One simply can’t go to Lake Superior and not go to Canal Park. There is nothing quite like watching a ship go through the canal and under the lift bridge. There is such an atmosphere of celebration, with kids playing and the birds flying everywhere. Crowds wait patiently for the arrival or departure of the next ship. Anticipation fills the air. It’s like being a kid at the movies for the first time. You almost can’t believe you are really there.
As we waited for the next ship to go through the canal, I watched the people sitting around, trying to keep cool in the afternoon sun, while the little children tried in vain to catch the seagulls and pigeons that were flying around. The seagulls seemed to think it was a game of sorts, or maybe they were just hoping they would have some food for them. And lots of people did. It’s fun to feed the birds, even if the bread they were getting probably isn’t the best food for them. The seagulls would swoop over the people, and then almost hover in place, floating on the breeze, then they would glide down to fly over the water in the canal, before going back to see if anyone had food again. It was such a pleasant flight to watch.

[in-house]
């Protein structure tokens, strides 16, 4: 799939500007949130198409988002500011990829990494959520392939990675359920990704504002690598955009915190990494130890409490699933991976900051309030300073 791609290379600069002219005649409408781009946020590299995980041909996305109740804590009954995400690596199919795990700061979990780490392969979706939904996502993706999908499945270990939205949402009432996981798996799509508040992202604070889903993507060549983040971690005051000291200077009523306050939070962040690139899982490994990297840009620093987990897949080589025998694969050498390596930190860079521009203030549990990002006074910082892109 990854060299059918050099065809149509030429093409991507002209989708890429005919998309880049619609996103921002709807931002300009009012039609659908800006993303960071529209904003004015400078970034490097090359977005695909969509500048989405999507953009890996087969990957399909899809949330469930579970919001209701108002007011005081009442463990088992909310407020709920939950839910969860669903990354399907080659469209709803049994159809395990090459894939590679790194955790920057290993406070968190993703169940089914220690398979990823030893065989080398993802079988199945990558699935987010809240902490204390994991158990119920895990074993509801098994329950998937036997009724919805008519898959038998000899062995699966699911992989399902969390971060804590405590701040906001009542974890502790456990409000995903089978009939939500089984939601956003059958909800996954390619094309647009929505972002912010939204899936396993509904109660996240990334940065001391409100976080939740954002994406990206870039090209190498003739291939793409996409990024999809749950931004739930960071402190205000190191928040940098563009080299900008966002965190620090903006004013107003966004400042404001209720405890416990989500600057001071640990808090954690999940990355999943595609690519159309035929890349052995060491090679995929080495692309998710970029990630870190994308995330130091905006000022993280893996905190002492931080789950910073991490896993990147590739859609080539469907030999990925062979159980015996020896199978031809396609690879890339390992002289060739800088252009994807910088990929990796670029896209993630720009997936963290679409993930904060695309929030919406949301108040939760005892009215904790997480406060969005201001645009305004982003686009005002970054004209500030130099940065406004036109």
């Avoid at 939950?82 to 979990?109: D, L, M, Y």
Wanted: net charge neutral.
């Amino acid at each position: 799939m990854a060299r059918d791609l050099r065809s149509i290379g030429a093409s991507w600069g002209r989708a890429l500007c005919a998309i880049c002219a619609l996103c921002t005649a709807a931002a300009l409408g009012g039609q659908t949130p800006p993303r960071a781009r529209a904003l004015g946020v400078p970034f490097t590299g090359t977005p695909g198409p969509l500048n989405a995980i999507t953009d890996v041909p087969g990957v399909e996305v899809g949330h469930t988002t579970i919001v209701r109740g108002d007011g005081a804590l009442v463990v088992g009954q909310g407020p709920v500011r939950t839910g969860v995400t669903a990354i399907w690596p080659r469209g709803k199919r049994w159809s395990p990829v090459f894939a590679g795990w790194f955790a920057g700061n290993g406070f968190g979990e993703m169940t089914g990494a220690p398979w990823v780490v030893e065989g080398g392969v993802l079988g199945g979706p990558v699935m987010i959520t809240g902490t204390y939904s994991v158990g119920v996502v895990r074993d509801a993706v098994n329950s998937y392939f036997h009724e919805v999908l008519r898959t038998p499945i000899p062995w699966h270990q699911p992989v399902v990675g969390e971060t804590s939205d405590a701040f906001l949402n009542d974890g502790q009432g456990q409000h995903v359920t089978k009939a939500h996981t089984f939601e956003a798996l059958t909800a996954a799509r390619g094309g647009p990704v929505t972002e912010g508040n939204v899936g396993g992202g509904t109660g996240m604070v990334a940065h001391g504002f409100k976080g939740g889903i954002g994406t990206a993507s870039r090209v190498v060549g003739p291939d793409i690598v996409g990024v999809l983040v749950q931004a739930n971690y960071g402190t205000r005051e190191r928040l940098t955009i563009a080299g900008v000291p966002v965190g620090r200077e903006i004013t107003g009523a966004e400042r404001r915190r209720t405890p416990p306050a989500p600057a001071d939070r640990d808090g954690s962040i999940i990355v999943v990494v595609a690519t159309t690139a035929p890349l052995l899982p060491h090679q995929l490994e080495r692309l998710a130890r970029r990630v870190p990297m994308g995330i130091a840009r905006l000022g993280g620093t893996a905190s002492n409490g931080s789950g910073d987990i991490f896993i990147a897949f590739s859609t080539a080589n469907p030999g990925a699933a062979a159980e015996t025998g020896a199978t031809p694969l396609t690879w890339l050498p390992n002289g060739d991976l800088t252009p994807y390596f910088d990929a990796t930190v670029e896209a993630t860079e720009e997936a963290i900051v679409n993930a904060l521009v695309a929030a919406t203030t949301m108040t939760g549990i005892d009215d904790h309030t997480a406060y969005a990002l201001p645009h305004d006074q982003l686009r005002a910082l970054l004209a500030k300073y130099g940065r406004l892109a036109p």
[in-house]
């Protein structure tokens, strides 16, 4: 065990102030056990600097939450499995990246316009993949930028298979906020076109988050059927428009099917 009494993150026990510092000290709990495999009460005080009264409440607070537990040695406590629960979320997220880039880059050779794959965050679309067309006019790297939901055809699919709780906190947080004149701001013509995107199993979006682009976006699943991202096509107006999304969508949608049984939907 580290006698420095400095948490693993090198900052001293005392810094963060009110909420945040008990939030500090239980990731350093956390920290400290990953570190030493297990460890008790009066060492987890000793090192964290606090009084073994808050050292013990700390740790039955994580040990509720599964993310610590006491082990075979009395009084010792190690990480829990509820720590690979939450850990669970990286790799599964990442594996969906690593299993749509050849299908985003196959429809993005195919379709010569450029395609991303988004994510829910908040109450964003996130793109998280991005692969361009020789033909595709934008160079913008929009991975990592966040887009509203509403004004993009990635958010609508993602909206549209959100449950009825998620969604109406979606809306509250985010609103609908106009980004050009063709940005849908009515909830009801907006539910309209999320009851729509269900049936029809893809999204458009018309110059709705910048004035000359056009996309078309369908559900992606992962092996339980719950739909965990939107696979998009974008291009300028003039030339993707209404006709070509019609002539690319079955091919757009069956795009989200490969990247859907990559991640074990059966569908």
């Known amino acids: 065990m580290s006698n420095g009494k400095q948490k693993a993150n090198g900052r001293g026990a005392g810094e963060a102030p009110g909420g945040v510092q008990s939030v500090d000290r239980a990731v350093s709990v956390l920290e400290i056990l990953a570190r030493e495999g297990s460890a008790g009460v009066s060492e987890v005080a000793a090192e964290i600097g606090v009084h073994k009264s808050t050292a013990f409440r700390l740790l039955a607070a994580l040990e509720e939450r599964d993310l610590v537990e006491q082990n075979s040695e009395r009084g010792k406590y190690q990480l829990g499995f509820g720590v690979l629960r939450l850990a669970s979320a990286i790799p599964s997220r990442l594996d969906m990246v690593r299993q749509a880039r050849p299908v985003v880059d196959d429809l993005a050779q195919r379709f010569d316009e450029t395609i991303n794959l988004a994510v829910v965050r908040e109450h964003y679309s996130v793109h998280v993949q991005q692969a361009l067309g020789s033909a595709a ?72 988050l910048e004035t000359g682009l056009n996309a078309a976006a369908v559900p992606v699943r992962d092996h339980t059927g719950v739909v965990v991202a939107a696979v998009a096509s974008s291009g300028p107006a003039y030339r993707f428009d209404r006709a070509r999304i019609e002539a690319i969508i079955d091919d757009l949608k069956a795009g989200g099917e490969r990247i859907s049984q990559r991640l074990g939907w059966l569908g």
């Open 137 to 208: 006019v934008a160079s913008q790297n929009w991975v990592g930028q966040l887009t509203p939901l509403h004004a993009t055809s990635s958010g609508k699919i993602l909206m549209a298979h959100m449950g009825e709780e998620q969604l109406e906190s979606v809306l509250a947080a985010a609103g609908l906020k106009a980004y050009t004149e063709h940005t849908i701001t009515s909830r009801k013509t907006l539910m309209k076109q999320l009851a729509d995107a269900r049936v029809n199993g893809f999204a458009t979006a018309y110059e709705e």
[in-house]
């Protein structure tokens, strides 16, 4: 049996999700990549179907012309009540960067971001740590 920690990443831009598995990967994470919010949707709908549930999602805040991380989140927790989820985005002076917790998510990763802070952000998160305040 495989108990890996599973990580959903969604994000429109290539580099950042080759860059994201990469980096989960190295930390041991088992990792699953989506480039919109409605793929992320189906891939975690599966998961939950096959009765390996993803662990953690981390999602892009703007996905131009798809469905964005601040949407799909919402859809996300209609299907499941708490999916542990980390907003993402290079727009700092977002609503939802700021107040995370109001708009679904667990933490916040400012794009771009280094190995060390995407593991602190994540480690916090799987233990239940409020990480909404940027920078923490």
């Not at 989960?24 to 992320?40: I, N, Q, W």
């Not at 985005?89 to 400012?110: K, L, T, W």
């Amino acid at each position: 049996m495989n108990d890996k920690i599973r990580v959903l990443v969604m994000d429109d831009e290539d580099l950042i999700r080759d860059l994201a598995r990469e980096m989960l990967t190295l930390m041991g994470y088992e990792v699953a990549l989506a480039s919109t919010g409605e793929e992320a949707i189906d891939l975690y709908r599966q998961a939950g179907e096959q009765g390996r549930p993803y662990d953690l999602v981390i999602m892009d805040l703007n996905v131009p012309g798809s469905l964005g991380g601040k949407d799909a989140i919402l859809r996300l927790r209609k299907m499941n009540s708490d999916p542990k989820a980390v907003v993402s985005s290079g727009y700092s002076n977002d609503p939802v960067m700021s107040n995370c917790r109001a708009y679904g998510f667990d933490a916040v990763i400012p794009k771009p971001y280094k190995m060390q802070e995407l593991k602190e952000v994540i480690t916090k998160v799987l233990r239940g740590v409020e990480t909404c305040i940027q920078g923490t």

Finally the moment came, and it was announced that a ship was coming in. The bridge started up and as many people as were able moved down to the side wall of the canal to get a closer look. The first ship to go under the bridge was a lake cruise ship. It was interesting, but it was not the spectacular sight I imagined. I just hoped that there would be a big oar boat coming through too. It looked as if I was about to be disappointed, then the announcer said that the Eeborg was about five minutes out. I didn’t see how he could possible make it into the canal within the allotted thirty minute window they had to keep the bridge up. Traffic was backed up from the island on the other side, waiting to come across. Nevertheless, the Eeborg moved much faster than I could have ever expected…especially for such a large ship.
Soon, there it was looming so tall in the canal. It wasn’t a luxury liner, and yet every person there felt the same sense of awe at this amazing ship moving gracefully through the canal, under the bridge, and into the harbor to receive it’s load, before turning around and departing the next day, or later that night. It didn’t even matter if they had seen it a thousand times before, this scene still held them in captivating awe. Some of the ships that come here go all over the world…and their journey starts right there at Lake Superior. The horn sounded, and the Eeborg passed beneath the bridge and eventually out of our line of sight. I felt like I had seen a bit of a far reaching commerce, and it was very exciting.